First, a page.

A Beginner’s Guide to Vegemite and Marmite

This spread is certainly an acquired taste
Vegemite on Toast


Vegemite is best when spread on buttered toast.

For many of us, our first taste of Vegemite, the Australian yeast extract, or Marmite, its British cousin, is also our first experience with the term “acquired taste.” It’s rich, salty, murky, full of umami, and at first blush, one of the most disgusting things most Americans have ever tried. But there’s a reason why nearly 23 million containers of Vegemite are sold in Australia every year: It’s good.

Marmite was invented in the late 1800s and Vegemite followed in the 1920s. Both products are made via a complex method in which salt is added to a suspension of yeast and then heated, resulting in a rich paste loaded with free glutamic acids, also known as umami (it’s the primary component of MSG). The exact recipe is a secret, but various vegetable extracts and vitamins are also added. The resulting product is very rich in thiamin, folate, riboflavin, niacin, iron, and vitamin B12, and is basically a superfood.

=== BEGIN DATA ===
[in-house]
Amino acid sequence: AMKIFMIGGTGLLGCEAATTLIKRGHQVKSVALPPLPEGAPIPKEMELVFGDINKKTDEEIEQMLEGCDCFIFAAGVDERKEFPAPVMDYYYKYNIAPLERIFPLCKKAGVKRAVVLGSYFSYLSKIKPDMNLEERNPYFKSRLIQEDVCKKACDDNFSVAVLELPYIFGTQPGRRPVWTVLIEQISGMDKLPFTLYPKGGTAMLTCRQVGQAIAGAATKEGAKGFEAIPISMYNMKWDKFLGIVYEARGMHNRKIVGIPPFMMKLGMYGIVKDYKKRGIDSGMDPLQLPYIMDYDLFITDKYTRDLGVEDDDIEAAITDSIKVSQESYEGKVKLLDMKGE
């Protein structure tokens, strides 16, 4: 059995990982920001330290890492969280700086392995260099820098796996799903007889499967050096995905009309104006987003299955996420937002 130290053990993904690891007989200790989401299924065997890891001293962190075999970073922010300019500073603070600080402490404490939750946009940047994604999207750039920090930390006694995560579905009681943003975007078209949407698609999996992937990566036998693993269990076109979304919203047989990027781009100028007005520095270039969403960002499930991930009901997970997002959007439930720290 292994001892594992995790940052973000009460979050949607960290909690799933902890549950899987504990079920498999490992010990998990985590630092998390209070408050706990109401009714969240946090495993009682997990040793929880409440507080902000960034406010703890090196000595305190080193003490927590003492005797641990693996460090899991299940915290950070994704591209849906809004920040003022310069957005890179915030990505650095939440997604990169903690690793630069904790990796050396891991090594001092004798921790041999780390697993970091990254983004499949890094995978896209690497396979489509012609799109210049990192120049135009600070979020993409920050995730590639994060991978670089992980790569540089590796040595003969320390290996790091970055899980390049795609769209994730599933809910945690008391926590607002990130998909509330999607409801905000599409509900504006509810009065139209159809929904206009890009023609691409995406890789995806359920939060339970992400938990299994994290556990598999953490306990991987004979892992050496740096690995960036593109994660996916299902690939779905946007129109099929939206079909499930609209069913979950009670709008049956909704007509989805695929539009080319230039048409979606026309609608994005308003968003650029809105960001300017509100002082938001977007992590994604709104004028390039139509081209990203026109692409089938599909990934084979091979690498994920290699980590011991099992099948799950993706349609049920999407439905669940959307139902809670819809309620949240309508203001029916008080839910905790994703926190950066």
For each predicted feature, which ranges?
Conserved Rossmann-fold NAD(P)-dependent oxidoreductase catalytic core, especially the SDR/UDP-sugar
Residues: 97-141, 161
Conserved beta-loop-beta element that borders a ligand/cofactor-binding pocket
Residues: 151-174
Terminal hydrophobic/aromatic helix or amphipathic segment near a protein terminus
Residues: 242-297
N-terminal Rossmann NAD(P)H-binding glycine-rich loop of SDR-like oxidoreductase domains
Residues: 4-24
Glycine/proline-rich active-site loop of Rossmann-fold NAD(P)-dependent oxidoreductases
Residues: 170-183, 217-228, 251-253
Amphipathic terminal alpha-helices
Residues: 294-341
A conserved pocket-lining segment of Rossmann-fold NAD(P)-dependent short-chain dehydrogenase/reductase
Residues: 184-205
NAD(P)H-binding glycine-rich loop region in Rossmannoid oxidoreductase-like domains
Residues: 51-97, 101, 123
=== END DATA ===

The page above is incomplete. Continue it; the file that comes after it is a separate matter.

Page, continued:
Marmite and Vegemite are definitely food products that you either love or hate. If you’re accustomed to sweet spreads for your toast (as most Americans are) your first taste of Vegemite can be a shock to the system. But give it another shot, and do it like the Aussies do: Spread toast with a liberal amount of butter, and then follow that up with a very thin layer of Vegemite. Get rid of your preconceived notions of what toast should taste like, and realize that umami-rich foods are basically delicious by definition. Soon enough, you’ll be hooked. 

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